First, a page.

Shifting through the pieces
NSF funds RAPID grants to study effects from New Zealand, Japan earthquakes
Posted October 28, 2011
The devastating earthquakes that struck New Zealand and Japan earlier this year demonstrated that scientists still have much to learn about these catastrophic events.
The National Science Foundation responded to the need of collecting data that could be applied to better disaster response in the future by issuing a call for proposals following the earthquakes in Christchurch, New Zealand, and Tohoku, Japan, earlier this year.
Eventually, the NSF funded 42 of these Rapid Response Research (RAPID) grants for a total of more than $2.5 million. About a dozen grants targeted investigations into various aspects of the Christchurch earthquake, from effects of soil liquefaction on the city’s infrastructure to human behavior following a major quake.
On Sept. 4, 2010, a 7.1-magnitue earthquake rocked the New Zealand’s Canterbury region on the South Island, with much of the damage centered near Christchurch, the country’s second-largest city. Nearly six months later, on Feb. 22, a shallow aftershock of 6.3-magntitude devastated the city center and killed more than 180 people in the country’s fourth-deadliest disaster in history.
Christchurch has been the main gateway to Antarctica for U.S. scientists since the modern research program began in the 1950s. Nearly 600 people associated with the U.S. Antarctic Program (USAP) were in the country — many in Christchurch — when the Feb. 22 quake occurred. Everyone was accounted for within a week.Christchurch earthquake.]
About 15,000 earthquakes occur in and around New Zealand each year, with about 250 big enough to be felt, according to GeoNet , a geological hazard monitoring system in New Zealand. Since the Sept. 4 earthquake last year, GeoNet has logged more than 7,600 quakes in the Canterbury region alone as of early October.
Several of the NSF-funded projects to Christchurch were organized by the U.S.-based Earthquake Engineering Research Institute (EERI) , which helped deploy a multidisciplinary team to New Zealand on March 9 to document various effects from the earthquake.
The team, under the leadership of Mary Comerio from the University of California, Berkeley , and Ken Elwood of the University of British Columbia , investigated the performance of engineered structures in the earthquake, nonstructural building components, and hospitals and the health care system.
Other members of the group covered social sciences related to the resilience of the community, lessons in the use of social media during and after the earthquake, and risk communication issues between the September and February events and after the February earthquake.
“That the construction types are similar to those of the United States and other countries, and that the earthquake was located on an unmapped fault within 10 [kilometers] of the city center, make this one of the most significant earthquakes in recent years for code and standard development in the United States and internationally,” the researchers wrote in a preliminary report in EERI’s May newsletter.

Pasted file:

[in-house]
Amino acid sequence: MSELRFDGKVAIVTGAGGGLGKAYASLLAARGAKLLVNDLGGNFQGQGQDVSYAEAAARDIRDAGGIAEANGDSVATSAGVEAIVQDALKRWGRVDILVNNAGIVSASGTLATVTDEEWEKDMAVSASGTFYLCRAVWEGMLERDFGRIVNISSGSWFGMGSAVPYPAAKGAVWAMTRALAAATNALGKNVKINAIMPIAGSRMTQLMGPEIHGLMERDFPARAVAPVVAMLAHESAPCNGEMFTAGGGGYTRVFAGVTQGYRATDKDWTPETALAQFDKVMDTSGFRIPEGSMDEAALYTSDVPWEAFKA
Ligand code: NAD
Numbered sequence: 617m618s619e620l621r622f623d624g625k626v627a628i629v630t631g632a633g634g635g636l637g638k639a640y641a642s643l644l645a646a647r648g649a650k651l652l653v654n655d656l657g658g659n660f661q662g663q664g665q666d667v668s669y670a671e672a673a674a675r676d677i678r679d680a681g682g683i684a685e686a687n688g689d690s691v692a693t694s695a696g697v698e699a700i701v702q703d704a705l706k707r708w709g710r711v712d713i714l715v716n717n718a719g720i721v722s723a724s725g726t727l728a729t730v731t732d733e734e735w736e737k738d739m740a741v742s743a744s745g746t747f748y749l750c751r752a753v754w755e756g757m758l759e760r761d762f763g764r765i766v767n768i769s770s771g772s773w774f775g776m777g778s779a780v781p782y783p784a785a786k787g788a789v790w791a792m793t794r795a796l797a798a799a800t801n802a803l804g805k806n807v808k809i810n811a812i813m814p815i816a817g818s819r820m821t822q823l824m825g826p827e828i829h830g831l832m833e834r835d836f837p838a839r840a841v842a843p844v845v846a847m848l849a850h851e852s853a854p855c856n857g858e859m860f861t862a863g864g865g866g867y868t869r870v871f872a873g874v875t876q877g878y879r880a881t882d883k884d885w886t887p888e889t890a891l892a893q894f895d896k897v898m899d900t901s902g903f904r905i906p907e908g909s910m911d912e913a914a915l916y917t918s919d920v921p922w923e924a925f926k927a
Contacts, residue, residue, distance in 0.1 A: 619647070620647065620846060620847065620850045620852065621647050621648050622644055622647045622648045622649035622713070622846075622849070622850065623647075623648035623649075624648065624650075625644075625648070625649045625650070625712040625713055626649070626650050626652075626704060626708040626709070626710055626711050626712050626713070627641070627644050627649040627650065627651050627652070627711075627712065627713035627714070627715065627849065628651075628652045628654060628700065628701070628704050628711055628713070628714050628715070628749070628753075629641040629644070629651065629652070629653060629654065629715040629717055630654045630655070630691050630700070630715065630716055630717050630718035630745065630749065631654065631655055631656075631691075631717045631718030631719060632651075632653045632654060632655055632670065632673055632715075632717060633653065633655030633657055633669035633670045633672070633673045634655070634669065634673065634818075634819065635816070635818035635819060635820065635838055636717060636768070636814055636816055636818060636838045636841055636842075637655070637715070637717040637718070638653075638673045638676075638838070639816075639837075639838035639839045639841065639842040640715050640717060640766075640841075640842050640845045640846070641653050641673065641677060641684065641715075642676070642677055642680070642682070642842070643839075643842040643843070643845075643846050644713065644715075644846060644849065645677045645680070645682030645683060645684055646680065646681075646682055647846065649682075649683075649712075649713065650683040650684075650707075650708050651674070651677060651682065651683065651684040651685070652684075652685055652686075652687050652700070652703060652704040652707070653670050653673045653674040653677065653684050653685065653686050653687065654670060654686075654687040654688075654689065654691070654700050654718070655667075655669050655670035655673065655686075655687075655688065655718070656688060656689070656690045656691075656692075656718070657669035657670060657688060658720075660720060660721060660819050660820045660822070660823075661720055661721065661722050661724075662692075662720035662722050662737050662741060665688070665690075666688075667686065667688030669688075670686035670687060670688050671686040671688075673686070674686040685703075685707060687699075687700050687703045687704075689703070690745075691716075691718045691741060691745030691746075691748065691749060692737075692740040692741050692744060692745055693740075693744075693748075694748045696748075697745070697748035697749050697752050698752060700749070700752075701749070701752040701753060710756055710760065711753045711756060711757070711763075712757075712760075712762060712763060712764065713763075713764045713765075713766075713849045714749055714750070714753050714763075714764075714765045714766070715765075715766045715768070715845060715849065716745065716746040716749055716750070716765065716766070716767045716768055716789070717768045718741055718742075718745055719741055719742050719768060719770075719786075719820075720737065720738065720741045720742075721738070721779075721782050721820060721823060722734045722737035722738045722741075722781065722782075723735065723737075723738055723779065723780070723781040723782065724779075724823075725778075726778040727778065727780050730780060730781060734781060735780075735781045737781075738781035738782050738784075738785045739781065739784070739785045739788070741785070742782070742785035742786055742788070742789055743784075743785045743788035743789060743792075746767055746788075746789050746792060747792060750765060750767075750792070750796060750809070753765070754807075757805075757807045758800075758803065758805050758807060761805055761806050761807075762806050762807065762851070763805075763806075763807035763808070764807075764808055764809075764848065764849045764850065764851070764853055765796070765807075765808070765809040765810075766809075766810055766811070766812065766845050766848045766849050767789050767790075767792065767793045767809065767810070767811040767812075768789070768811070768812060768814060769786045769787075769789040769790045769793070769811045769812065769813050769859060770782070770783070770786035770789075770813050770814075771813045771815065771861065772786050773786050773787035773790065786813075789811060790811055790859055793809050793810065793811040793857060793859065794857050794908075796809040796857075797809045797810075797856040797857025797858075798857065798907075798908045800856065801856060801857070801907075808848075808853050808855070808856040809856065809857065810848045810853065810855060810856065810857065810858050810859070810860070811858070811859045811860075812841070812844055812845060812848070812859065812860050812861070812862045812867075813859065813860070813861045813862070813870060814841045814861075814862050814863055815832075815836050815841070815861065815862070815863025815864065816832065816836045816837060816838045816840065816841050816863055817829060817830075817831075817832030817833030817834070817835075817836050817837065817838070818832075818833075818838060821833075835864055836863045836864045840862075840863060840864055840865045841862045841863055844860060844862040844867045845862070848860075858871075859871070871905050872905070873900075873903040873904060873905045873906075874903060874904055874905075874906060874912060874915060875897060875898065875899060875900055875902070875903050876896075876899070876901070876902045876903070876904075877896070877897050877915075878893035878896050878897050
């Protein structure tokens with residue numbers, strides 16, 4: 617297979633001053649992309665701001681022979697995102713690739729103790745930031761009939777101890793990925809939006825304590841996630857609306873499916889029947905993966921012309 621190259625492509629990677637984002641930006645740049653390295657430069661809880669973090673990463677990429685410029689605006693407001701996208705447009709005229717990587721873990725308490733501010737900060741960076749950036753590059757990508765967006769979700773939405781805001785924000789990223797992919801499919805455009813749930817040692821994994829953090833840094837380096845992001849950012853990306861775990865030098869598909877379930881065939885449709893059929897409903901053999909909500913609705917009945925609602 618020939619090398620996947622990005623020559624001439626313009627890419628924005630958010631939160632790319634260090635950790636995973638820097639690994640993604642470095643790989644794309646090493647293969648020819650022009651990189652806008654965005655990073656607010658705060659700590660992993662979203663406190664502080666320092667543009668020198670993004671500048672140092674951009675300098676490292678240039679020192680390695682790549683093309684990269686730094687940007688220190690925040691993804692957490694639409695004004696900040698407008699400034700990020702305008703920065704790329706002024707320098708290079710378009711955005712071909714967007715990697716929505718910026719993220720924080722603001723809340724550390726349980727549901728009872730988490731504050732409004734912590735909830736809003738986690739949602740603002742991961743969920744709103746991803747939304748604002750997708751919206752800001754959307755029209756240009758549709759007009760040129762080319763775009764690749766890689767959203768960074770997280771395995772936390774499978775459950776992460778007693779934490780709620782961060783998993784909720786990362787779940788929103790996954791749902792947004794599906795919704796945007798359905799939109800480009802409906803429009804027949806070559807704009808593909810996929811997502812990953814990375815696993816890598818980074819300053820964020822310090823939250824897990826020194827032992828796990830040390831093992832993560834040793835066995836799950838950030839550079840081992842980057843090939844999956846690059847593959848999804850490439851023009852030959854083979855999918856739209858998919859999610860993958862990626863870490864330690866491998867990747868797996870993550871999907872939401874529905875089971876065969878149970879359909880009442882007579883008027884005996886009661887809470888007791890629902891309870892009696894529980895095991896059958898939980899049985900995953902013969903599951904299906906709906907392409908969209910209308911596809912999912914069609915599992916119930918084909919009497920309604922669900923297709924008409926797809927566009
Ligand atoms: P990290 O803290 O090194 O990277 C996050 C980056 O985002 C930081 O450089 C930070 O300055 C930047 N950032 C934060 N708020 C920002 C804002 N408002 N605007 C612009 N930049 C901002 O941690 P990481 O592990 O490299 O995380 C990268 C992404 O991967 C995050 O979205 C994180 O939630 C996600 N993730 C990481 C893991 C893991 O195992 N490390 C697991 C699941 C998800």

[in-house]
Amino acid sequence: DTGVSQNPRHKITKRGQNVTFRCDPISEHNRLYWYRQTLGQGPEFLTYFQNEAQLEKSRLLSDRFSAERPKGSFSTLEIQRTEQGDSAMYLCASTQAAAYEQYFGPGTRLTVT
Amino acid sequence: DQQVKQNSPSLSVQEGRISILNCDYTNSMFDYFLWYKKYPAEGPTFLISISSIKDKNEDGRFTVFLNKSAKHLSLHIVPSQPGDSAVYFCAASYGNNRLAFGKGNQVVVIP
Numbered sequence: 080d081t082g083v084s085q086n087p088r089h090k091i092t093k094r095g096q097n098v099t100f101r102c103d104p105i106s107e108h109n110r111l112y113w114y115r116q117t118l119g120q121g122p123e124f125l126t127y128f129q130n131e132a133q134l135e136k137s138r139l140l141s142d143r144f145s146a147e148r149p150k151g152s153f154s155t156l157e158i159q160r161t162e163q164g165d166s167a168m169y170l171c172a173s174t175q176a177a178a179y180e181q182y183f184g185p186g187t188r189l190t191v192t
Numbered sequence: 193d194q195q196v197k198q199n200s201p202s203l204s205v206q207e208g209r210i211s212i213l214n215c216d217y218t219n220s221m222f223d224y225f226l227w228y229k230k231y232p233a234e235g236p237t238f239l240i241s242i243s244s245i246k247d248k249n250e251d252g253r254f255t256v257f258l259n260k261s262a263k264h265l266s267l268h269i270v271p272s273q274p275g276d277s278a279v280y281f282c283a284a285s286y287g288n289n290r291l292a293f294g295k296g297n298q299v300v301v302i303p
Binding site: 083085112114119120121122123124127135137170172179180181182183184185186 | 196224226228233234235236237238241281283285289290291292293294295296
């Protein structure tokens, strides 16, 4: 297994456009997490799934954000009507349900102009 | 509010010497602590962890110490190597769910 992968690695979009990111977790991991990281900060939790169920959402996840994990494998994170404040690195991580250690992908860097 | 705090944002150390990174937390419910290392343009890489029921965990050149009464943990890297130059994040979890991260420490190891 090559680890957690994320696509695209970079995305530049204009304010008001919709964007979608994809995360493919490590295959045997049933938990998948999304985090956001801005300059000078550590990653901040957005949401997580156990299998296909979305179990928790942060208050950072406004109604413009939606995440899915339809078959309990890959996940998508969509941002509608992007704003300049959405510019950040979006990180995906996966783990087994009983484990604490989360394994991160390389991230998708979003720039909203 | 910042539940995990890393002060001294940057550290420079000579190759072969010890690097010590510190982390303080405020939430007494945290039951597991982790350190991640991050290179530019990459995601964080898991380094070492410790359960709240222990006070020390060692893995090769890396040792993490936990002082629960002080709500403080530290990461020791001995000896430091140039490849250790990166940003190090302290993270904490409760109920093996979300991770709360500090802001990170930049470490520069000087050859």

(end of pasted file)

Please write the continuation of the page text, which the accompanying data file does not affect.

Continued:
The team also noted, “As in the September earthquake, the liquefaction damage was dramatic and widespread. Some residential areas of Christchurch may not be rebuilt because ground deformations have left the areas prone to flooding.”
The statistics from news media are grim: About 1,000 of 4,000 buildings in the central business district have an appointment with a wrecking ball. In addition, about 10,000 homes will reportedly have to be demolished, with more than 100,000 damaged.
Several New Zealand government agencies relocated to the USAP office space near the Christchurch Airport after the Feb. 22 quake. USAP staff in Christchurch also spent months recovering luggage left behind by USAP participants in damaged hotels and other accommodations.
While the destruction to the city was tremendous and widespread, the psychological damage to the populace was also extensive, according to the researchers.
“After all the damage and psychological distress from both quakes, the public trust in all buildings within the heavily damaged area was shaken,” the researchers summarized. “The University of Canterbury went to extreme lengths to evaluate all its buildings in order to be able to reassure students and staff that buildings were safe to occupy. This will be important in any large event in the U.S.”
NSF-funded research in this article: Jay Berger, Earthquake Engineering Research Institute, Award No. 1132381; Thomas Jordan, University of Southern California, Award No. 1136469; Rowena Lohman, Cornell University, Award No. 1137201; Yong-Gang Li, University of Southern California, Award No. 1137632; Jonathan Bray, University of California-Berkeley, award No. 1137977; Jose Restrepo, University of California-San Diego; Award No. 1138358; Roberto Leon, Georgia Tech, 1138609; Michael Lindell, Texas A&M, Award No. 1138612; Arturo Schultz, University of Minnesota-Twin Cities, Award No. 1138614; Amit Kanvinde, University of California-Davis; Award No. 1138634; Henri Gavin, Duke University, Award No. 1138714; and Jeannette Sutton, University of Colorado at Colorado Springs, Award No. 1138901.
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